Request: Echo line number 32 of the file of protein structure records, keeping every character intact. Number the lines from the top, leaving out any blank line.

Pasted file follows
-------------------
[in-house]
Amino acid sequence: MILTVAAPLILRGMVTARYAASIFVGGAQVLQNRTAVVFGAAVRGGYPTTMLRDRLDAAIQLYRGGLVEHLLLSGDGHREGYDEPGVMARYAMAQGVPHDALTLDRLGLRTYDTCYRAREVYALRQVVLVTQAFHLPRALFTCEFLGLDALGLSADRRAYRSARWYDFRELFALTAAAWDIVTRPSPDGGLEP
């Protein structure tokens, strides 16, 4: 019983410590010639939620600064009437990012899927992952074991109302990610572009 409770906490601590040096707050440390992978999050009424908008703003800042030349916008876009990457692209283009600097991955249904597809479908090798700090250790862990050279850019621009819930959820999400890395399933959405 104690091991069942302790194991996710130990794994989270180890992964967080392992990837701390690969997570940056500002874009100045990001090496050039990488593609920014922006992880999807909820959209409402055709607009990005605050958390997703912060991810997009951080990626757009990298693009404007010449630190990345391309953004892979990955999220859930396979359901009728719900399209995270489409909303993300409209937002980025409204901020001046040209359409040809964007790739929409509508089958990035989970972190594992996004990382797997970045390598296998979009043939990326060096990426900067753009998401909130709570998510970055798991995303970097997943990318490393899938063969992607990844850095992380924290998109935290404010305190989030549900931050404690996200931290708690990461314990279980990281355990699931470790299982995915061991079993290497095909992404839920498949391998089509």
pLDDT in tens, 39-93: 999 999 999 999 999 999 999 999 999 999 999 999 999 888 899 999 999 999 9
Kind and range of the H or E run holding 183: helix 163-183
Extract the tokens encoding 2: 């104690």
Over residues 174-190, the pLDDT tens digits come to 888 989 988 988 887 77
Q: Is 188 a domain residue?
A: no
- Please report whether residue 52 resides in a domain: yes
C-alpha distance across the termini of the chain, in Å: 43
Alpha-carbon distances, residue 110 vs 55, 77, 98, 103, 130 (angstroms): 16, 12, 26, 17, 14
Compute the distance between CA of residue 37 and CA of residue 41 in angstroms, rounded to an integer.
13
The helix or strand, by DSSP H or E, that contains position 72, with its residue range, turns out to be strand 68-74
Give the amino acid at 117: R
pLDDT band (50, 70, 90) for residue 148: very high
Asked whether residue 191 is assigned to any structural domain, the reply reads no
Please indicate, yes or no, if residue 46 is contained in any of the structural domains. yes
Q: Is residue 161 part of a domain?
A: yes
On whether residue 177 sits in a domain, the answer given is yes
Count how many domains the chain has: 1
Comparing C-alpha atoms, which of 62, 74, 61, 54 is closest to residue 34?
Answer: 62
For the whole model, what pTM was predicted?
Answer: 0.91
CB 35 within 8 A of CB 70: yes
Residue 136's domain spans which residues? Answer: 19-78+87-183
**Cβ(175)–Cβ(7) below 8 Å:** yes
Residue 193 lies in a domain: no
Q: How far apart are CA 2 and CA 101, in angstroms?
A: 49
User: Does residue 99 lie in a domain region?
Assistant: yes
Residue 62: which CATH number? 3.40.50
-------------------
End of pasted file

Q: How far apart are CA 2 and CA 101, in angstroms?